Landlords pleased with Court of Appeals ruling against city of La Crosse

An appeals court has ruled in favor of La Crosse landlords, saying a city ordinance violates state law.

The case began in May of last year, with two La Crosse landlords filing a lawsuit against the city. By the time a Wisconsin Court of Appeals took up the case, the number of plaintiffs had grown to 34.

The city ordinance would have required landlords to notify their tenants of a city inspection as a part of the city’s inspection and registration program.

The attorney representing the landlords, Bernardo Cueto, said Wisconsin law is “pretty clear” that cities and towns cannot require landlords to give more information to their tenants than is required under state law.

La Crosse Mayor Tim Kabat said the city will tweak the language of the ordinance, but the ruling doesn’t change much.

To say rental properties are important to the La Crosse housing market may be a bit of an understatement.

“It’s about 50 percent rental housing and 50 percent owner-occupied housing,” Kabat said.

That’s why Kabat said the city is putting lots of effort into improving the safety and quality of homes in the city and why the city wanted to put the notification ordinance in place.

“We’re going to continue to make those tweaks so that that program can be effective, because that’s ultimately what we all want is safe and decent housing in the city,” Kabat said.

Cueto said the ruling is a big victory for property owners all across Wisconsin.

He said the city’s ordinance was pushing landlords to be the middleman between tenants and the city, and the landlords didn’t want that.

“Look, this is a tenant’s home; if the city wants to go in there and inspect, they should just go directly to the tenant,” Cueto said.

Cueto also said the ordinance would have also led to less affordable housing in the city.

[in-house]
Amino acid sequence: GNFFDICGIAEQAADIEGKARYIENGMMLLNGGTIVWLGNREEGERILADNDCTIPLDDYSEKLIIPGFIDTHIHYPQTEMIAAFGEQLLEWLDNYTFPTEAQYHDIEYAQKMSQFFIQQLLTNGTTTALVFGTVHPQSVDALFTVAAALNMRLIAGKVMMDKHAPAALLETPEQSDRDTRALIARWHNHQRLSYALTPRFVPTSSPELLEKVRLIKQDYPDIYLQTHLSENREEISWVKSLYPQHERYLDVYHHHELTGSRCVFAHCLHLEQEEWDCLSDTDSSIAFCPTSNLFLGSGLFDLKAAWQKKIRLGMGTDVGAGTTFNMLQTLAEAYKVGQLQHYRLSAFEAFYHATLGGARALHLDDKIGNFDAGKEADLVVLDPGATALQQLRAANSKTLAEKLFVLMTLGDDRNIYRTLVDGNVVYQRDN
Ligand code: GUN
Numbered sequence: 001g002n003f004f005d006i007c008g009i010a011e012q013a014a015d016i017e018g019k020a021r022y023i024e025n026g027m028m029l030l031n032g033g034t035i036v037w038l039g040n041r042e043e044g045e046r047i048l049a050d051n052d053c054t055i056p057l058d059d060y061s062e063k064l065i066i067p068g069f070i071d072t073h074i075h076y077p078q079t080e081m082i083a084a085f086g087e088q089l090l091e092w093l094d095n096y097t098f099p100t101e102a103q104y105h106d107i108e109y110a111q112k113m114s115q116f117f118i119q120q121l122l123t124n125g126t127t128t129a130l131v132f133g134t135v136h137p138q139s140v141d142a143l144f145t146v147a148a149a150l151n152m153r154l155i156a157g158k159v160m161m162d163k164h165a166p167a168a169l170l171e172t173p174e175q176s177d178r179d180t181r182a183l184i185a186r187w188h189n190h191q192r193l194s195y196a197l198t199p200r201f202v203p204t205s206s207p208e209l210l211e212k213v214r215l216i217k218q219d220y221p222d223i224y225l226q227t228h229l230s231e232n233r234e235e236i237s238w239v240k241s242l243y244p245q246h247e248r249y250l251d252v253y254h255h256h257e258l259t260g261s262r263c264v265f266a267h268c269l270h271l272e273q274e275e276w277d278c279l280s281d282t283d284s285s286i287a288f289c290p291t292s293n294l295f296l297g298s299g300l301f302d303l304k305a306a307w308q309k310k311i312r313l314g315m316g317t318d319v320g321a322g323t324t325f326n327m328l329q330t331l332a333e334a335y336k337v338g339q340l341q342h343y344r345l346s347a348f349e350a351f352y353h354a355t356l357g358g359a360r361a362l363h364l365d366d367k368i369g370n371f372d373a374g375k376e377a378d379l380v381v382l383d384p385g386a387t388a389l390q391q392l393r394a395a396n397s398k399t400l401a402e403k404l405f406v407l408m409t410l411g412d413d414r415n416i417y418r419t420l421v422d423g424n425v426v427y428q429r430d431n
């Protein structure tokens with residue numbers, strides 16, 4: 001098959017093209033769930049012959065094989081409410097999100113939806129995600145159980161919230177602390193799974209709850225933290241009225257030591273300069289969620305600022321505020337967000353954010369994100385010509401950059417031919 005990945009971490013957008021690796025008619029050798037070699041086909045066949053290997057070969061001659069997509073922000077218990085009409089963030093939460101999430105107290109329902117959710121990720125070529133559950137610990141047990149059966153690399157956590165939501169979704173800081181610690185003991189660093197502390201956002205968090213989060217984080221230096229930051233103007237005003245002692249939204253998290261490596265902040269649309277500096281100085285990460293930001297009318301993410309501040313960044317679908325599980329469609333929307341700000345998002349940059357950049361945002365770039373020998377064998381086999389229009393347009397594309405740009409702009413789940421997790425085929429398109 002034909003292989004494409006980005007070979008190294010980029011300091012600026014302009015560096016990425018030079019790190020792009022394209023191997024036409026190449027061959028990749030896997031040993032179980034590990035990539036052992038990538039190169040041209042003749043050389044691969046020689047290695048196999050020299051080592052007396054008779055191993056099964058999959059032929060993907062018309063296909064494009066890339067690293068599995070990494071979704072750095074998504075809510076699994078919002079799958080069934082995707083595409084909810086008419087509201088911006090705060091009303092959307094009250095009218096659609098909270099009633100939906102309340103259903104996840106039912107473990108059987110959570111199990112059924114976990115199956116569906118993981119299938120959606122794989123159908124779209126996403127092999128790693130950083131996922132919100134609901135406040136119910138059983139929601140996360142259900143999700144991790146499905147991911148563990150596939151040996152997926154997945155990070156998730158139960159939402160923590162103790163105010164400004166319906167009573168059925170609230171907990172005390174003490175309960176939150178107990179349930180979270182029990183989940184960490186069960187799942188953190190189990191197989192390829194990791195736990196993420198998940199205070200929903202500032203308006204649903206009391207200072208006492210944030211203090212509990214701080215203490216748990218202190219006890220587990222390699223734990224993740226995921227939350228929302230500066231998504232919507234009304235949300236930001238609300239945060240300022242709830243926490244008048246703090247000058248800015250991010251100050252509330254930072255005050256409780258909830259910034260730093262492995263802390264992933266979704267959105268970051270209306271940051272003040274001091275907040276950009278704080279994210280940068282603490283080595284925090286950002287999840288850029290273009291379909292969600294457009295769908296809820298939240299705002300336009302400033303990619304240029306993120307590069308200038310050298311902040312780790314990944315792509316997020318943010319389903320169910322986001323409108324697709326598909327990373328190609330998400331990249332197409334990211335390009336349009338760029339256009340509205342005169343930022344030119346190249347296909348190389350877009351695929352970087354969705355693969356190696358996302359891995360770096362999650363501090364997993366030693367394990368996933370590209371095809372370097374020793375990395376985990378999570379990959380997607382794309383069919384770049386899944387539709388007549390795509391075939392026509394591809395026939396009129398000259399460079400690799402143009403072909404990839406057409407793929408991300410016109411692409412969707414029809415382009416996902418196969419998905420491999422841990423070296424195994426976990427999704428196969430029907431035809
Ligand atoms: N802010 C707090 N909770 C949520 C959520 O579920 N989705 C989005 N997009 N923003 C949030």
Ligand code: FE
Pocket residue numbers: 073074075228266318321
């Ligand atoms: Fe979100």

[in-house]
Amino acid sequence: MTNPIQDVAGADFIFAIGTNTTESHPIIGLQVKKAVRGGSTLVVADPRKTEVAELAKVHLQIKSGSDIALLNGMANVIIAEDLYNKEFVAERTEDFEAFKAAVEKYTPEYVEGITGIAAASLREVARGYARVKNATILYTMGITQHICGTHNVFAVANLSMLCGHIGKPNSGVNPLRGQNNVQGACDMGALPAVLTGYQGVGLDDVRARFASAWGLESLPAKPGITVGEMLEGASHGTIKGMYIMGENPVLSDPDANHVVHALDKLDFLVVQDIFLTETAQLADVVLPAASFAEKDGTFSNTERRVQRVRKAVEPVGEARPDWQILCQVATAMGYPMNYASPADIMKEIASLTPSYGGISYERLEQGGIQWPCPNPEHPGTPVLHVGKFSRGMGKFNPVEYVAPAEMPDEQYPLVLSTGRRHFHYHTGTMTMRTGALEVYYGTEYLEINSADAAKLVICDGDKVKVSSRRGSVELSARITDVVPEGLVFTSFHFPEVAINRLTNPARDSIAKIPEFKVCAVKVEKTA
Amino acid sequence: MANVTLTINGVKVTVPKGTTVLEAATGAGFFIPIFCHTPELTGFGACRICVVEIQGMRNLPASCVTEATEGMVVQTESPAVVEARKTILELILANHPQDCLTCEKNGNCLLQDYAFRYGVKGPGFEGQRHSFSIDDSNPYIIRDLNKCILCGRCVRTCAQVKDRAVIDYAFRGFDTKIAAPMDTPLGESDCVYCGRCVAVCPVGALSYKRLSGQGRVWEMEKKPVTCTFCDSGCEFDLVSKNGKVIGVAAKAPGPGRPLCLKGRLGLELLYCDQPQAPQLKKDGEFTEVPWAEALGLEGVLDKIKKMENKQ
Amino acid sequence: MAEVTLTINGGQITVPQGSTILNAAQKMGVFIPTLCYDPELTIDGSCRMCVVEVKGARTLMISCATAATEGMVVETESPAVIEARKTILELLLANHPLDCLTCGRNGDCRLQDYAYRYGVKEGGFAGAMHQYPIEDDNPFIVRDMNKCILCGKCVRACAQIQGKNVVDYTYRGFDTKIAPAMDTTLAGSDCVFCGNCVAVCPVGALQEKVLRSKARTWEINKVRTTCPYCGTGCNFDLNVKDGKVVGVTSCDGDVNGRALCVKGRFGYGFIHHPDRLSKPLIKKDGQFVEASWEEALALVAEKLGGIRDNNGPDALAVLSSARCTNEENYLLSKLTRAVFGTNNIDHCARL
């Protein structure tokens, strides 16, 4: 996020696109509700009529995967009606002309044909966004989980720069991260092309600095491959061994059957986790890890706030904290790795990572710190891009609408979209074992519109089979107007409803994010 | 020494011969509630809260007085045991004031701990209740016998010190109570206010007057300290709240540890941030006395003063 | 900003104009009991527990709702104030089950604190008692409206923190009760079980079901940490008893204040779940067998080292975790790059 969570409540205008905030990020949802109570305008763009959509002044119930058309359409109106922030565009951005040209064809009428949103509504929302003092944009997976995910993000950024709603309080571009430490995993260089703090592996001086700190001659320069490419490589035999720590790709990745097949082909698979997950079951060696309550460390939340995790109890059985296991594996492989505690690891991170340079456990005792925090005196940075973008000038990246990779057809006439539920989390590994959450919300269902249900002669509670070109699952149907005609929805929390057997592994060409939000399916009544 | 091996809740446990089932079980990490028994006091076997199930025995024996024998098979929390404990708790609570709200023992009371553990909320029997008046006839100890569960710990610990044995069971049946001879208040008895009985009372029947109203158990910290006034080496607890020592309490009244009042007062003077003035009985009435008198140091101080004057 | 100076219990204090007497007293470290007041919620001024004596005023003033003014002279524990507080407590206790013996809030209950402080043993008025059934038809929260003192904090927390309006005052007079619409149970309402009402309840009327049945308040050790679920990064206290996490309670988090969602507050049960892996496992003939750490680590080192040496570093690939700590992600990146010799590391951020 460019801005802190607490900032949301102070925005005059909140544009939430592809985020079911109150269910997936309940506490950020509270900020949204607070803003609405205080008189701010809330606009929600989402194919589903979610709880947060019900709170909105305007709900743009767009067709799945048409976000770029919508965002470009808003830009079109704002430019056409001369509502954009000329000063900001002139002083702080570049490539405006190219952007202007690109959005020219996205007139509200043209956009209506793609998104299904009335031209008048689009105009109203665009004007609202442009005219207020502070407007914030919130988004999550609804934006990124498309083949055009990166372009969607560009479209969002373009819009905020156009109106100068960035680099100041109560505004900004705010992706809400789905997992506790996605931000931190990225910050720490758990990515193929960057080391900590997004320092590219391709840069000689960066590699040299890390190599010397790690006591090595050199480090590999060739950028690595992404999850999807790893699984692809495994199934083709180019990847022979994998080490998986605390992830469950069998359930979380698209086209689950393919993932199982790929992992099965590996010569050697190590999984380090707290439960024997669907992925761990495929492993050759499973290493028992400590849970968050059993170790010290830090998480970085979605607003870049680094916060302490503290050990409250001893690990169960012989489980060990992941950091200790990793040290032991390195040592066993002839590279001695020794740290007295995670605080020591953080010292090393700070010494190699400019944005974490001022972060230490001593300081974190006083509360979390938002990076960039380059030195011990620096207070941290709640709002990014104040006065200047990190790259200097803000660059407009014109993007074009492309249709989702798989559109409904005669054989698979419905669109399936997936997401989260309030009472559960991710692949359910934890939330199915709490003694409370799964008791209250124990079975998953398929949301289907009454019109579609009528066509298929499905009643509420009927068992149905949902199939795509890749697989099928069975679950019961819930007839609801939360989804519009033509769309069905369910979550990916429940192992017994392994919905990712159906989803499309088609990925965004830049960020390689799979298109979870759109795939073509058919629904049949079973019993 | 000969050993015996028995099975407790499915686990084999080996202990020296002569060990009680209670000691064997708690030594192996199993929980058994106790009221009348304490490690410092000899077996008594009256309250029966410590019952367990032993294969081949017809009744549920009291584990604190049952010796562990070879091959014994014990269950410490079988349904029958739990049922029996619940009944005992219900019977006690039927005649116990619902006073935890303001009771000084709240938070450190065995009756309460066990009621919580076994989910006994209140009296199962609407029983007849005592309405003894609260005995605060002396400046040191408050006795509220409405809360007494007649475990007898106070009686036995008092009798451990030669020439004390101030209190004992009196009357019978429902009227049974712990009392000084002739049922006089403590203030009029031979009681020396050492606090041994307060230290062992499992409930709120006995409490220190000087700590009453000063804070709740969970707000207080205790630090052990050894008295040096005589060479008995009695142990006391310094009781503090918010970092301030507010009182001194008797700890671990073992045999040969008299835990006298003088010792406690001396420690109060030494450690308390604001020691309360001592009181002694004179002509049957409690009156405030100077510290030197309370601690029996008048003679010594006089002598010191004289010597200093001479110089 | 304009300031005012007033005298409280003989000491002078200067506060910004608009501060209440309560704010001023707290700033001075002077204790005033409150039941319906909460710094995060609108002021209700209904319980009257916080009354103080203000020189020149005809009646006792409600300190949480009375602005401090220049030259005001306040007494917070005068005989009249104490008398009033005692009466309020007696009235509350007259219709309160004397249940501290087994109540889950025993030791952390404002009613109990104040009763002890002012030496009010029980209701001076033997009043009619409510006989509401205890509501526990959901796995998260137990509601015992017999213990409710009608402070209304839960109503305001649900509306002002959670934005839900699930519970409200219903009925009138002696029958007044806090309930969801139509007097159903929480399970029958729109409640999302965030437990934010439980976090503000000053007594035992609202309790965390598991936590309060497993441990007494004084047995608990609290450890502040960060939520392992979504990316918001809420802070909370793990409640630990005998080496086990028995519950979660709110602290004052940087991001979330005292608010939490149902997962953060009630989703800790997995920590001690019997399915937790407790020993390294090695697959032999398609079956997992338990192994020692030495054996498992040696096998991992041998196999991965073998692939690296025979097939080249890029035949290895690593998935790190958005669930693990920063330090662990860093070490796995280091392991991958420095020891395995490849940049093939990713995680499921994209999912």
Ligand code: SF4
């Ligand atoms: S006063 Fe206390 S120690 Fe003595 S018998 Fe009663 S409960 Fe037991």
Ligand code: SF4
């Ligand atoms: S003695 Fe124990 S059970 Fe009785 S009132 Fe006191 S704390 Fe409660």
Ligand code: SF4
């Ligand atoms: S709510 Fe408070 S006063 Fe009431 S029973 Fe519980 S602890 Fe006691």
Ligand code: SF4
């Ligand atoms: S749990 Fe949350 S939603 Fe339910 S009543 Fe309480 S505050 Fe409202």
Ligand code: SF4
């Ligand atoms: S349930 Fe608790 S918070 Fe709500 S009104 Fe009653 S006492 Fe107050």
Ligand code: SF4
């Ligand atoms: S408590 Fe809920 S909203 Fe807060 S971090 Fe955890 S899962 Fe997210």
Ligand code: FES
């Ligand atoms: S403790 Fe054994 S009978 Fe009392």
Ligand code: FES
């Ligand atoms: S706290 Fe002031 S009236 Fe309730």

“If you start charging landlords for every little thing, only the largest landlords are usually going to meet all the requirements and what that’s going to do, is that’s going to bring the values for these rental properties way up, making it so a lot of poorer families are not going to stick around,” Cueto said.

But Kabat disagrees.

“I think we have such a strong rental housing demand here, to think that because a property owner has to get their rental property registered and inspected is going to somehow significantly impact the housing market in a negative way, I’m just not buying it, I don’t see that.”

Kabat said the city’s registration and inspection program has been around for more than 10 years and has been successful, but there is still work to do.

He said the city has already been working on changing its inspection notification process, so now that the lawsuit is over the city can get back to improving neighborhoods in the city.

Cueto said this ruling is bigger than for just La Crosse. The Court of Appeals is recommending this ruling be published. Cueto said most decisions are not published, but when a court of appeals decides an opinion should be published… the means the court feels it is one of the most important opinions in Wisconsin this year.